Medgadget: How does it compare in size, usability, and other features to existing products?
Anquetil: Because our device contains more technology than a traditional needle and syringe it is bigger in size than a typical needle and syringe. This will change as we continue to miniaturize the device further. On the other hand, what is unique with our device are the safety features enabled by the sensors and the ARM computer and sensors that are in the device. The needle free experience is also unique and removes the anxiety typically associated with an injection. Our key design considerations have been the following: ease of use, comfort, and giving a positive emotion about the overall therapy / treatment.
Medgadget: What does the app do and what are its benefits? Does the injector require the use of the app?
Anquetil: The Injector does not require the smartphone app to function. On the other hand, the app can augment the patient experience and be used to track injection data in real time. These data can be captured and reported instantly to the patient and can be shared to care team at the right time. We think this information will be valuable information that can improve compliance and inform the design and development of future therapies
Medgadget: What stage is the injector at? Is it cleared by the FDA in the U.S. or CE Marked in Europe?
Anquetil: The injector is currently in development. Our plan is to begin pilot production in Q1 2018 to support clinical studies with our Pharma partners.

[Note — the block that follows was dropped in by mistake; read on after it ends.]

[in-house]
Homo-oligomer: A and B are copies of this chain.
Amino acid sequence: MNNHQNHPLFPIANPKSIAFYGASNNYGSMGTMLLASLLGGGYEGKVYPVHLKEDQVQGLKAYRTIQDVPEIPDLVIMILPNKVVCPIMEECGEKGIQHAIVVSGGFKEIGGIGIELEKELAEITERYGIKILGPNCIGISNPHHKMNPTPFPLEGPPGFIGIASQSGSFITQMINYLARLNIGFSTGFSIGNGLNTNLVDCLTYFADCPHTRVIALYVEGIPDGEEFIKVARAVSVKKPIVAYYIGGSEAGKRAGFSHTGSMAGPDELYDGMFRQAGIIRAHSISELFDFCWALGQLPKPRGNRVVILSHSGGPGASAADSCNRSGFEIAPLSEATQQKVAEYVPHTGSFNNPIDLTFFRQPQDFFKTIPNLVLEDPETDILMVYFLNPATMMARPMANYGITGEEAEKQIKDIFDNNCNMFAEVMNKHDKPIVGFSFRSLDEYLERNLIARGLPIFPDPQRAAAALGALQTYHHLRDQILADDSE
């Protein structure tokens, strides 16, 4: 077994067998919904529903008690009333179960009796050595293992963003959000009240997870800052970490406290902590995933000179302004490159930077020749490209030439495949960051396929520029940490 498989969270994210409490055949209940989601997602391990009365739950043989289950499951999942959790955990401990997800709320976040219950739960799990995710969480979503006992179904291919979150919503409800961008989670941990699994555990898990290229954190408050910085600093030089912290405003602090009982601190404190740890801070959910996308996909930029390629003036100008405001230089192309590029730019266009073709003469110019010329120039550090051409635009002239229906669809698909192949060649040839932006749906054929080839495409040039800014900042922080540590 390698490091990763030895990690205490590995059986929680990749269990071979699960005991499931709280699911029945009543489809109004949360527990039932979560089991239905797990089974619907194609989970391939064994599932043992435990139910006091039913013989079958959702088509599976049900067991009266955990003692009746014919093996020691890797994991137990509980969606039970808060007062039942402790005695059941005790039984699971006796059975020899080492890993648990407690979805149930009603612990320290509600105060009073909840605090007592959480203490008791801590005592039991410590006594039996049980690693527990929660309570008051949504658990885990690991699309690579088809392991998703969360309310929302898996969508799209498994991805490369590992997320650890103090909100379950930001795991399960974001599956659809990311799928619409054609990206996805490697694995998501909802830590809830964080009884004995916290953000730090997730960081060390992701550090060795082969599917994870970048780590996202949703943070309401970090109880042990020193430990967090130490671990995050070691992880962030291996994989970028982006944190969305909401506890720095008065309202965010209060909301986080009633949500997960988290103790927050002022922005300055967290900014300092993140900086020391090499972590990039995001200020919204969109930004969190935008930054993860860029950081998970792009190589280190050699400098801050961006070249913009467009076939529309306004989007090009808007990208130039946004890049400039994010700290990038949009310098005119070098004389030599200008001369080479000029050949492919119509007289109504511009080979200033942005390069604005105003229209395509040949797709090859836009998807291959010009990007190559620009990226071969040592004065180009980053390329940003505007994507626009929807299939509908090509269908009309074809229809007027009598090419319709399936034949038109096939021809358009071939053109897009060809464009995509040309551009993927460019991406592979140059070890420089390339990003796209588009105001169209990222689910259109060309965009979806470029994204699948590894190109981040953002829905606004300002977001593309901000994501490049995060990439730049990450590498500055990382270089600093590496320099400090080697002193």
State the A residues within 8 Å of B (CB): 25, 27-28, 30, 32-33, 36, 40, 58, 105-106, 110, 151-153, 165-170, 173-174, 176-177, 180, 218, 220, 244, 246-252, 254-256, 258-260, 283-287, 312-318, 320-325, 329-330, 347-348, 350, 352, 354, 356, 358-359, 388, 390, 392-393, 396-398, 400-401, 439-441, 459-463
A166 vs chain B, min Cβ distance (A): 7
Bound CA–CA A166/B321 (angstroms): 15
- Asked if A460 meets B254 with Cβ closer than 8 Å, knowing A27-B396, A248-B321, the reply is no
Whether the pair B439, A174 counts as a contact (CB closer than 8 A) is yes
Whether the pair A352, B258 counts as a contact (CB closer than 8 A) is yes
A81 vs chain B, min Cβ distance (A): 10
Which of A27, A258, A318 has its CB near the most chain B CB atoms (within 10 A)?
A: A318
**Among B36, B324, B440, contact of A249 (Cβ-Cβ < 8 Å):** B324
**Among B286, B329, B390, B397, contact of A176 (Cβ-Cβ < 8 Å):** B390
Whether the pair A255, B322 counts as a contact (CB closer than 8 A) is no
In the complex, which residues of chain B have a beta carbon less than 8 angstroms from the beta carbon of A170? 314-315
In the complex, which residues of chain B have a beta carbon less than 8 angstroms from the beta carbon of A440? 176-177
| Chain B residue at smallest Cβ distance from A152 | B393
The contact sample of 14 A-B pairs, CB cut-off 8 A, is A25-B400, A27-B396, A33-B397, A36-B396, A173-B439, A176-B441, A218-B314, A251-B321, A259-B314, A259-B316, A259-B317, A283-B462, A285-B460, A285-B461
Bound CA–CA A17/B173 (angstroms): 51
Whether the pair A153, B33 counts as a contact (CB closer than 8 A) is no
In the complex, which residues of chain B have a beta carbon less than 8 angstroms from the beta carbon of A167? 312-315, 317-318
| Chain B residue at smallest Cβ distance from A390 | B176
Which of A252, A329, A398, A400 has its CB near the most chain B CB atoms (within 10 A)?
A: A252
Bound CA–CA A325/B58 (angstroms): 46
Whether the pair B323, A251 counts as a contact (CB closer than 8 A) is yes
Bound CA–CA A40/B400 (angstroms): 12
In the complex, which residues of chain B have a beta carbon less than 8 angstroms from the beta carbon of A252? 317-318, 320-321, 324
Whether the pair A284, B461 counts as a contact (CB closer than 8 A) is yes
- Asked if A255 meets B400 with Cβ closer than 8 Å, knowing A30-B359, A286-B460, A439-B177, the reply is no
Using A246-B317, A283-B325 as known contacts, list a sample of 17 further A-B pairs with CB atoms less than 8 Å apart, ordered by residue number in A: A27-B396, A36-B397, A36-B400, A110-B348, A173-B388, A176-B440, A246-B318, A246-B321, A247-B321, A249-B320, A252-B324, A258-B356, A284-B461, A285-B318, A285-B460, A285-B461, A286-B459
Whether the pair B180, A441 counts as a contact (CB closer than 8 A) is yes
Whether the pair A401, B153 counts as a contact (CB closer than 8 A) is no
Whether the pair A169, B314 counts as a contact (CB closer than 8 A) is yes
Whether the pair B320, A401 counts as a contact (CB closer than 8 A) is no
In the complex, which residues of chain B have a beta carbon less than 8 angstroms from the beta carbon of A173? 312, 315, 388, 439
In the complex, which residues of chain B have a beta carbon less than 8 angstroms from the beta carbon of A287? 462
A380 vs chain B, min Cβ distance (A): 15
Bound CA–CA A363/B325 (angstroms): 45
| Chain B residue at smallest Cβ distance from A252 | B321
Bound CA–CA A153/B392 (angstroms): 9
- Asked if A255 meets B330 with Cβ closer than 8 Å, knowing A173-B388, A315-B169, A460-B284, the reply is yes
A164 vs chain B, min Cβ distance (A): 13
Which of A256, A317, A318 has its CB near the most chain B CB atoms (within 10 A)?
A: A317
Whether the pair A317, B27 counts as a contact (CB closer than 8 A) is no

Medgadget: Who do you expect to be the customers for the injector? Consumers, drug manufacturers, clinics?
Anquetil: For now our business model is to partner with Pharma companies to enable them to better deliver their medicines. However, we anticipate that given the potential for this technology to transform the patient experience in chronic diseases, there will be a patient pull that could lead to rapid adoption.
Medgadget: Can you give a summary of the history of Portal Instruments and where the company is headed?
Anquetil: Portal was founded in late 2012 and obtained Series A funding in Feb 2014 and together with its Series B raised $36 million in financing. The original platform was developed at MIT over a 5 year period by Prof. Hunter and his team at the MIT BioInstrumentation lab. Portal licensed the technology from MIT in 2014. Portal is a unique place to work at. Our strategy and philosophy is to equip our engineers with state of the art prototyping tools and machines such that they can develop innovative designs and solutions quickly. At the heart of this philosophy is the idea that shortening the iteration cycle fosters innovation. With the right tools and mindset, our engineers can design, build, test and then iterate quickly. On average we have developed a new device platform every 6 months. Since 2014, we’ve gone through 7 generations of the device, including two clinical grade devices. Our vision is that one day we will enable a needle-free world.
Link: Portal Instruments…